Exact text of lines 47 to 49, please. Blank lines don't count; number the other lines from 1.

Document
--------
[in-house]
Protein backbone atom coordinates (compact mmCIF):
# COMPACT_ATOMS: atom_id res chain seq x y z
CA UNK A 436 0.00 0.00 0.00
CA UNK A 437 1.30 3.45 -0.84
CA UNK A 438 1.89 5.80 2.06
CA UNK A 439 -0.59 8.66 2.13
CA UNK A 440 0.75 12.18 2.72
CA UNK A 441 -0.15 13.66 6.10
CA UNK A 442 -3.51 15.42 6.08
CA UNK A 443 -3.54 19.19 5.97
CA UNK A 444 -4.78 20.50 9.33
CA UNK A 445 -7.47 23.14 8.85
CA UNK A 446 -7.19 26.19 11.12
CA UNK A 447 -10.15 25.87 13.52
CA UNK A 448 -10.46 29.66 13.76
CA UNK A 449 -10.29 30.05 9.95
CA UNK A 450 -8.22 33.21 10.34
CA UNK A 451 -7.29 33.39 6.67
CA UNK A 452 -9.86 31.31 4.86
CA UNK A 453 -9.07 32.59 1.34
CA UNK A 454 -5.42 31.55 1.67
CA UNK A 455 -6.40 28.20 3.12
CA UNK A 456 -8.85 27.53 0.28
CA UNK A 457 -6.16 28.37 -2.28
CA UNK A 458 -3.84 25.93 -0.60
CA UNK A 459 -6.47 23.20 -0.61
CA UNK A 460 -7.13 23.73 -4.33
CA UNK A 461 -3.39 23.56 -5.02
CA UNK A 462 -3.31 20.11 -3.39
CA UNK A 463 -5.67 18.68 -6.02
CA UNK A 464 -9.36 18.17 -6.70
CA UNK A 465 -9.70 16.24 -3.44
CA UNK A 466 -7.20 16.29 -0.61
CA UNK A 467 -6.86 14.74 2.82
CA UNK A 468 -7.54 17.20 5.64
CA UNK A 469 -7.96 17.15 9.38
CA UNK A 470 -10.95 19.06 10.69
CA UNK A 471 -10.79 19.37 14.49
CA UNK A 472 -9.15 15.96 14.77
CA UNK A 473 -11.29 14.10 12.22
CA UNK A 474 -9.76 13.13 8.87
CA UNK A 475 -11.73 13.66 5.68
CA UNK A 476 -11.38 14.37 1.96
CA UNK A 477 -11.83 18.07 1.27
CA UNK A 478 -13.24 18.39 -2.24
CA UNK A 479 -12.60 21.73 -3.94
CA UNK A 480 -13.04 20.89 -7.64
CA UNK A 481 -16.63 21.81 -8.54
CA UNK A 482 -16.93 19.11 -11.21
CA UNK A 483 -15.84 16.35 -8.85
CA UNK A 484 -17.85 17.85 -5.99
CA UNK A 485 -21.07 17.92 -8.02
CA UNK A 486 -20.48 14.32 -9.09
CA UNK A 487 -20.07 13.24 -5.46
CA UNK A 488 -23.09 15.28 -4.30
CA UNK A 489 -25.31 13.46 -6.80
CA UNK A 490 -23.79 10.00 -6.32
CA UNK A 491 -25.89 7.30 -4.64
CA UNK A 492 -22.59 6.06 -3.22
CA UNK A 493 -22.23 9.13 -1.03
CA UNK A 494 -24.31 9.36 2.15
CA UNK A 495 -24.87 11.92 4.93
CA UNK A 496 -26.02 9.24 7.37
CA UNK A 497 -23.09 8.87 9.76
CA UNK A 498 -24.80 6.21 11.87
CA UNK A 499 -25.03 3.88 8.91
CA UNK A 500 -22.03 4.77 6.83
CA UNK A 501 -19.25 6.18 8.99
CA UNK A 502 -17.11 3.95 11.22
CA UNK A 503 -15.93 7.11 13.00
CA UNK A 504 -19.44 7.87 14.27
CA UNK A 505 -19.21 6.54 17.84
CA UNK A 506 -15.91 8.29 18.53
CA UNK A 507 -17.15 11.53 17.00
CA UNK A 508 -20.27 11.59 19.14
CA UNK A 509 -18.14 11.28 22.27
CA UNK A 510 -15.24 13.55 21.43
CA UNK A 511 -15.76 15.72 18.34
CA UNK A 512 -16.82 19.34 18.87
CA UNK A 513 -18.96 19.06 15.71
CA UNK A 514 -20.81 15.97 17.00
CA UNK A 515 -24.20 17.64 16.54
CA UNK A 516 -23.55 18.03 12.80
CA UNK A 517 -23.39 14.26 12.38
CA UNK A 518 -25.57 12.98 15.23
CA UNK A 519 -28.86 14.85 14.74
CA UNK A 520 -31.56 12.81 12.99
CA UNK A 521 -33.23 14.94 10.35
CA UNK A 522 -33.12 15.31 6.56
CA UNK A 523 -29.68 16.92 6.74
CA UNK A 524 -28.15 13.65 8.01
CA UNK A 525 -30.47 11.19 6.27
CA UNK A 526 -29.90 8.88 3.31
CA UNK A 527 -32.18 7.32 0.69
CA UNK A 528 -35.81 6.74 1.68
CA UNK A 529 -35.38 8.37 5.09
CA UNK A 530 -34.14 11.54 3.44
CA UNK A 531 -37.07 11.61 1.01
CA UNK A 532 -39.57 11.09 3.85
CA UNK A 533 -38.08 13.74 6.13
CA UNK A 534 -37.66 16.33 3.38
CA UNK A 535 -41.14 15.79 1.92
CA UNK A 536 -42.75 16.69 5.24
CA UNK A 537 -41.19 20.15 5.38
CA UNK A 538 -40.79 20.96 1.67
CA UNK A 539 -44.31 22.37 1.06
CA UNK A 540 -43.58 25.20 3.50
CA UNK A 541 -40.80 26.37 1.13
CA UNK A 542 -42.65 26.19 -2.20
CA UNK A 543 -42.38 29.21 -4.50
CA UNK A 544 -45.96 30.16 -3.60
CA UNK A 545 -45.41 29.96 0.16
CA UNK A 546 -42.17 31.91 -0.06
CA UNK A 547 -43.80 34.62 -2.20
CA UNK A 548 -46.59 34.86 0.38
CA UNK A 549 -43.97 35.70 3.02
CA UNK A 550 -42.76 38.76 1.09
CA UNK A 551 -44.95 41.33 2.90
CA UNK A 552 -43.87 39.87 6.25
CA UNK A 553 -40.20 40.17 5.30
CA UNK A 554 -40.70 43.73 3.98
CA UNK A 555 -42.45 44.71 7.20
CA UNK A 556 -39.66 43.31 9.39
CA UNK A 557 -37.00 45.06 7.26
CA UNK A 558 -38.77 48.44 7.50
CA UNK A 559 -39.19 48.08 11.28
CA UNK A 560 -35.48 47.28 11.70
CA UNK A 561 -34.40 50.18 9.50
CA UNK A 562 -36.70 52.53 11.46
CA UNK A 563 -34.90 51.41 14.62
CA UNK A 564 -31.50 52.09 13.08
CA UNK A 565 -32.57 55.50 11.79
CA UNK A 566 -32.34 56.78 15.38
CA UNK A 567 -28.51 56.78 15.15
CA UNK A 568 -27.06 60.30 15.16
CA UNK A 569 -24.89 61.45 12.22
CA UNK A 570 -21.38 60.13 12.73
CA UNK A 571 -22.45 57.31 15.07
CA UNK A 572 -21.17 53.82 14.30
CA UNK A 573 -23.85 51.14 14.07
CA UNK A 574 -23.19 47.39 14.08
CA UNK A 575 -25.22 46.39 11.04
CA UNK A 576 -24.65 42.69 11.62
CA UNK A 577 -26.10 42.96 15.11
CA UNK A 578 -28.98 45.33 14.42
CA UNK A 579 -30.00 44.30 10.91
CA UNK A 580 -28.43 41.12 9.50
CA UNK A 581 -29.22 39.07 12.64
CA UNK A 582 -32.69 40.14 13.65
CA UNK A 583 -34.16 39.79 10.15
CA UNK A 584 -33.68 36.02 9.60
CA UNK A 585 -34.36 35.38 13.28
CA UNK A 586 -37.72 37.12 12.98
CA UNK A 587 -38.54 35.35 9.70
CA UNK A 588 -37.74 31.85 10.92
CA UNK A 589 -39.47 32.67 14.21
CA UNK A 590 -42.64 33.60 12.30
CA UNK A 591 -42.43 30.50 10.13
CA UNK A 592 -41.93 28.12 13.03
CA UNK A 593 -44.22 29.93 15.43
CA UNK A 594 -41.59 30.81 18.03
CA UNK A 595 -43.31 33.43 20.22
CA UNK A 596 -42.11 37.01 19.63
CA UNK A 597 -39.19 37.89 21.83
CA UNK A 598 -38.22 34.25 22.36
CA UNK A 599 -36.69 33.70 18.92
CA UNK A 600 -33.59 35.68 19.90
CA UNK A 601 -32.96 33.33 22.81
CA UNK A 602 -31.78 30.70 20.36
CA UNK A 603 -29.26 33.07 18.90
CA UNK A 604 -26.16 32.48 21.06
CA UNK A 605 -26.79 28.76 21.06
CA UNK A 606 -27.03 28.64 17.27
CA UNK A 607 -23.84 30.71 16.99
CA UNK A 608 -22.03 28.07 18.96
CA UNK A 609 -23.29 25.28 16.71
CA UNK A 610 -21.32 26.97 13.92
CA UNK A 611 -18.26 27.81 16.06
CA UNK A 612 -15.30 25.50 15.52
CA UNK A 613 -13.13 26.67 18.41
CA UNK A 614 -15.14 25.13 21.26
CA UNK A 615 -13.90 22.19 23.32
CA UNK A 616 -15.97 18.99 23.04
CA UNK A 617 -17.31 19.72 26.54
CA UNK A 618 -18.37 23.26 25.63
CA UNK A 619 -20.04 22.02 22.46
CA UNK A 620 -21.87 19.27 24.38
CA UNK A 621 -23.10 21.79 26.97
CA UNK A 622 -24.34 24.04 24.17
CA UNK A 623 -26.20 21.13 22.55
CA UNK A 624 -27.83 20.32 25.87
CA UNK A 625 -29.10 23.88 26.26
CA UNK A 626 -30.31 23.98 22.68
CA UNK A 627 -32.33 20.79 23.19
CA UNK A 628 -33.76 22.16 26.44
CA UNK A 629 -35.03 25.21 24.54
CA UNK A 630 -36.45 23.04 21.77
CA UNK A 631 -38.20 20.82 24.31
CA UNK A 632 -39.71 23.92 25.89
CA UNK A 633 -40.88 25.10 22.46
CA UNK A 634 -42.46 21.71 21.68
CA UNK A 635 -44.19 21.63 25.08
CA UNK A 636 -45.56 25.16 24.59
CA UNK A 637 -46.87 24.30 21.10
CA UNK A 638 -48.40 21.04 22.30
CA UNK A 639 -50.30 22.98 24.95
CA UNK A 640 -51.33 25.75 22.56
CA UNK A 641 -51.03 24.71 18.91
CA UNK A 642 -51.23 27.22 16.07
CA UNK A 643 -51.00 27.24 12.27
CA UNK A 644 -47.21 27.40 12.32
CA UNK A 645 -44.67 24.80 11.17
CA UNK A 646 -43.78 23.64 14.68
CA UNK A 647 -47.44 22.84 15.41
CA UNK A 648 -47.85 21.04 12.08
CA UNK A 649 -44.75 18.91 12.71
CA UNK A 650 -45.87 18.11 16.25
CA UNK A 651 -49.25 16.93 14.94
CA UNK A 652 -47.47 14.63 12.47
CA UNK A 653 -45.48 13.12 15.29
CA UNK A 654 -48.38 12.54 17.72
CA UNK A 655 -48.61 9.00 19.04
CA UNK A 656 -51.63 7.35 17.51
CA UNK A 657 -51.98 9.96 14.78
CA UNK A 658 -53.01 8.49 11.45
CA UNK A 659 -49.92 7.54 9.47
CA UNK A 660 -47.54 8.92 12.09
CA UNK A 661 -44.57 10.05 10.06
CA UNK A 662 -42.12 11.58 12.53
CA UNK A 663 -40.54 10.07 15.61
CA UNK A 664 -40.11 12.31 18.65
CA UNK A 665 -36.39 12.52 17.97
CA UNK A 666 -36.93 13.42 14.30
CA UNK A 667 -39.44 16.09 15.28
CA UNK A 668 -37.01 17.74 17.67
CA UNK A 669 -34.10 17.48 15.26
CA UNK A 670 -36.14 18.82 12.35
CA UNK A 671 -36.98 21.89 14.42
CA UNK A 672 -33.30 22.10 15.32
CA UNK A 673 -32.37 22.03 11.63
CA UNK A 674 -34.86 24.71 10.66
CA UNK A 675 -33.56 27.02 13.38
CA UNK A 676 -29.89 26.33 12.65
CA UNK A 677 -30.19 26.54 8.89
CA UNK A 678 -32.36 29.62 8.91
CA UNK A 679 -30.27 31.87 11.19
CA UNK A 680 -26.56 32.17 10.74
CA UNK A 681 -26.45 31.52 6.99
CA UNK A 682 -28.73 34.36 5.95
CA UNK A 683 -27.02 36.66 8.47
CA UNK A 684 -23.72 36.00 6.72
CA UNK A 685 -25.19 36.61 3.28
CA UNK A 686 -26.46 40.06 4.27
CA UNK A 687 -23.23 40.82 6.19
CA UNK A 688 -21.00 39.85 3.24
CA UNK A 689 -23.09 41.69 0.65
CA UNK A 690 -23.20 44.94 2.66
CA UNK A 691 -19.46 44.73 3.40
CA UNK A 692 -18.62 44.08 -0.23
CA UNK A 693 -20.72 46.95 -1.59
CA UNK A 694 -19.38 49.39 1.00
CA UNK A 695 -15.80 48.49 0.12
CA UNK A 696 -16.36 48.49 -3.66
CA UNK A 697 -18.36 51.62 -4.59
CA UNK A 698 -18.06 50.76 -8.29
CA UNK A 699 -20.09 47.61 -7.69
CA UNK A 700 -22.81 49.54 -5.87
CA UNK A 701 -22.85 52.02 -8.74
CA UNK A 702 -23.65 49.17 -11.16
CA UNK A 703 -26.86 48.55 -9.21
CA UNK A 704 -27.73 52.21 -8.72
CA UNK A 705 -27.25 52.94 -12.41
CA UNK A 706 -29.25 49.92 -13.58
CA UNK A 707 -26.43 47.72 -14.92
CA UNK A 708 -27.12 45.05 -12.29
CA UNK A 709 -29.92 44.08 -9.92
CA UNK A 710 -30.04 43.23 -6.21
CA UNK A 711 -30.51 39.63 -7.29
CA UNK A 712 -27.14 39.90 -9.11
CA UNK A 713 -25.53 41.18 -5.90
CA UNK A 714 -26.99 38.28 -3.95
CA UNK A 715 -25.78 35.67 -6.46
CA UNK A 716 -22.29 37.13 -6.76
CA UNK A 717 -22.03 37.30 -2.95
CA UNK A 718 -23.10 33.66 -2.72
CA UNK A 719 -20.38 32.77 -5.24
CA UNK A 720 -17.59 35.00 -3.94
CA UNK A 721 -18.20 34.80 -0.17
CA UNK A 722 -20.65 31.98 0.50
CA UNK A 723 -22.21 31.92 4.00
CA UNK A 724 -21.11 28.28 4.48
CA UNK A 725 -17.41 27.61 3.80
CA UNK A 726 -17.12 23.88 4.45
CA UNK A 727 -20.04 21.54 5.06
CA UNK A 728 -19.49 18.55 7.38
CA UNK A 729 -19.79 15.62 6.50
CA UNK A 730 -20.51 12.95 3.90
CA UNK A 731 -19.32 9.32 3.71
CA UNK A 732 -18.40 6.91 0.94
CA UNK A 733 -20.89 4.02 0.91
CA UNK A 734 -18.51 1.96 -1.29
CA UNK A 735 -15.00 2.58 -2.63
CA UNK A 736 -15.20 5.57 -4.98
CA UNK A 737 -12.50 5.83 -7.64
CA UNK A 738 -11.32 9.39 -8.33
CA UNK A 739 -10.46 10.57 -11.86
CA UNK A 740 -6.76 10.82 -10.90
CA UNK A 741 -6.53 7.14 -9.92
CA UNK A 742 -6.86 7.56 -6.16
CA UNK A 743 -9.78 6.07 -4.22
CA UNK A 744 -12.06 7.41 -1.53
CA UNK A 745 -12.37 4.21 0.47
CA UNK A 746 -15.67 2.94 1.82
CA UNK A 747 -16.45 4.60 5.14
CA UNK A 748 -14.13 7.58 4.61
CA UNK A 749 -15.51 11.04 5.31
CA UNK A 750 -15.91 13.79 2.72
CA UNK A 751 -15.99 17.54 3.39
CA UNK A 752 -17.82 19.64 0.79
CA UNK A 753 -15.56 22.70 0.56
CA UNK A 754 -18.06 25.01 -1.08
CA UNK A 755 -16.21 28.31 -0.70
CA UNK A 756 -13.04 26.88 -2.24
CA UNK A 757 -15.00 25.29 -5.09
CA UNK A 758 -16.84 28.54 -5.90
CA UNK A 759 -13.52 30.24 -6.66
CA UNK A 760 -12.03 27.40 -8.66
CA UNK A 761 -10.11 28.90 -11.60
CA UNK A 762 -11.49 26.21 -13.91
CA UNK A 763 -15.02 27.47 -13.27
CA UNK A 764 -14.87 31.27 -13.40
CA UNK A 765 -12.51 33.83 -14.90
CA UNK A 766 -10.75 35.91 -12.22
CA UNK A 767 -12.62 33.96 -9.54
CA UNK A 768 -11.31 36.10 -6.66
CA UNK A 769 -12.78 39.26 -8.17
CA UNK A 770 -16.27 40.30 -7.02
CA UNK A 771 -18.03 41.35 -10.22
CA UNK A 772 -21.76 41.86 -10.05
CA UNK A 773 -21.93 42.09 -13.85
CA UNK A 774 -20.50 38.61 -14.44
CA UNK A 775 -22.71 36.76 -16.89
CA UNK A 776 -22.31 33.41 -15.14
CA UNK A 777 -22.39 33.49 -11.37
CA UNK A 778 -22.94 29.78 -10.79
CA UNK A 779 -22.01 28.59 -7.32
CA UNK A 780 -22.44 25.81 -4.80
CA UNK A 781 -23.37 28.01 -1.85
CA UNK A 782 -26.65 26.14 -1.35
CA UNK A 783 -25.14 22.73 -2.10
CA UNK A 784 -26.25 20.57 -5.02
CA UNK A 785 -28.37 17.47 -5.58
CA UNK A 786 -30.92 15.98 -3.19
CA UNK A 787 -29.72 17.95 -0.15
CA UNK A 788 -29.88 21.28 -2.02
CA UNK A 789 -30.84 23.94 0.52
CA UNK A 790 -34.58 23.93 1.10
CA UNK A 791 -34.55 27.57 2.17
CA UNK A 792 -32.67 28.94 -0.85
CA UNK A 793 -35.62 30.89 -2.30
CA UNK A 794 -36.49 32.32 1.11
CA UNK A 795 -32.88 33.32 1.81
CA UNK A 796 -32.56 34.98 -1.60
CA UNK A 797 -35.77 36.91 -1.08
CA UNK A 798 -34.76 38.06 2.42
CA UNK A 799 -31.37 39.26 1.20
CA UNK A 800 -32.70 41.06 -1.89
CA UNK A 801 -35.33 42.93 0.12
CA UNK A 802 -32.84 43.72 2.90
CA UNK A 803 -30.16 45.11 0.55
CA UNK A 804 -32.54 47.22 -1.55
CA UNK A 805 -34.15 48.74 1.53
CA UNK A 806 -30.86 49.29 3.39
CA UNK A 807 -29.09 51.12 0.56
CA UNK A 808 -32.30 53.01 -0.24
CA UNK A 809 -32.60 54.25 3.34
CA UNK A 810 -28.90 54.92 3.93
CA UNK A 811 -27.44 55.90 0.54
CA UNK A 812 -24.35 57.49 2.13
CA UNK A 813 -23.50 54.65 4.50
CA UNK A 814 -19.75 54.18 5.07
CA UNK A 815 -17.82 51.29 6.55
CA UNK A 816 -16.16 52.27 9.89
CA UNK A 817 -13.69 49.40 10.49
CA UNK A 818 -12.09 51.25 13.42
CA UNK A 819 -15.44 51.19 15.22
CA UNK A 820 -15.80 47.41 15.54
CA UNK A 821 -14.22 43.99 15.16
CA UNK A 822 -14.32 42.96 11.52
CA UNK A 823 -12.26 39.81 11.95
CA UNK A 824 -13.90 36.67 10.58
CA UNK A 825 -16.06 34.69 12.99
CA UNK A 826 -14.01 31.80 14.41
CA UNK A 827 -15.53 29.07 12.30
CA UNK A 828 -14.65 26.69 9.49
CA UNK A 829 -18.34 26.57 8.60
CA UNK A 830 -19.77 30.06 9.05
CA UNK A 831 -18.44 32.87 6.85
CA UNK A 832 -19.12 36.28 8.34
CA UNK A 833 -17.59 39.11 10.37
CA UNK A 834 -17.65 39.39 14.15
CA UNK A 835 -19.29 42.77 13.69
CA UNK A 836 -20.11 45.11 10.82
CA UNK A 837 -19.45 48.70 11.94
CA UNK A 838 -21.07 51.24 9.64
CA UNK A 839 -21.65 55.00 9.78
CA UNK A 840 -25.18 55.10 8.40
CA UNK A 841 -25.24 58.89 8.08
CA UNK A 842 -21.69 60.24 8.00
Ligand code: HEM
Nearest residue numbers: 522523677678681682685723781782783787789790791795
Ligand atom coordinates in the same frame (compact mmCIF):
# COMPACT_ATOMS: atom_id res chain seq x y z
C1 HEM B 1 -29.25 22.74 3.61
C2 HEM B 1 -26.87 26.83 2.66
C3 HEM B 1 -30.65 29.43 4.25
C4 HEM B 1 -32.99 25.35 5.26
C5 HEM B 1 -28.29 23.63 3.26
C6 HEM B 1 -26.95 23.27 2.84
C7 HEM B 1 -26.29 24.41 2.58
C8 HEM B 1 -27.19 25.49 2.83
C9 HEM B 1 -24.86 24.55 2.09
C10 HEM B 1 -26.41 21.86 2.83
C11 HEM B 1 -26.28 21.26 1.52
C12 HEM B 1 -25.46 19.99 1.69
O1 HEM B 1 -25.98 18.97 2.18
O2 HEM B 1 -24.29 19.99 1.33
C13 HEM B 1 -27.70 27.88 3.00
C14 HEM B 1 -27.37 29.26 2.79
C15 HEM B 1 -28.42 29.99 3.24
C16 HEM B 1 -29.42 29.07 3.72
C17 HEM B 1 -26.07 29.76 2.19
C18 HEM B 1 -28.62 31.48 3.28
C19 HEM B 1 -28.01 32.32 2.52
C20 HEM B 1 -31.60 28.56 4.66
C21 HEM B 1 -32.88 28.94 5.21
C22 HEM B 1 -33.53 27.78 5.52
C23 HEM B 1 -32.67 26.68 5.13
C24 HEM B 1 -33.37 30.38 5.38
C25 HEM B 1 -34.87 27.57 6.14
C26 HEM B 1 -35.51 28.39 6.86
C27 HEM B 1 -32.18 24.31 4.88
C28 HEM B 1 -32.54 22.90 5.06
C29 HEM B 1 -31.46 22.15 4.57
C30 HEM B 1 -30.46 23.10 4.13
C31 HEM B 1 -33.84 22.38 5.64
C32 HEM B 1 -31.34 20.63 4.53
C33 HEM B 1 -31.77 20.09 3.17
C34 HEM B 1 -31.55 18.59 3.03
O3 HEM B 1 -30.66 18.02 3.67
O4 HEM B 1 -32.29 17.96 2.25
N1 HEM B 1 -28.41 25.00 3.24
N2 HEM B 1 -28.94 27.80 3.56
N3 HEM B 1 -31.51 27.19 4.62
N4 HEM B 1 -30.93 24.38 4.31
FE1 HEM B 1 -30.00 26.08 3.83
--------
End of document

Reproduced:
CA UNK A 479 -12.60 21.73 -3.94
CA UNK A 480 -13.04 20.89 -7.64
CA UNK A 481 -16.63 21.81 -8.54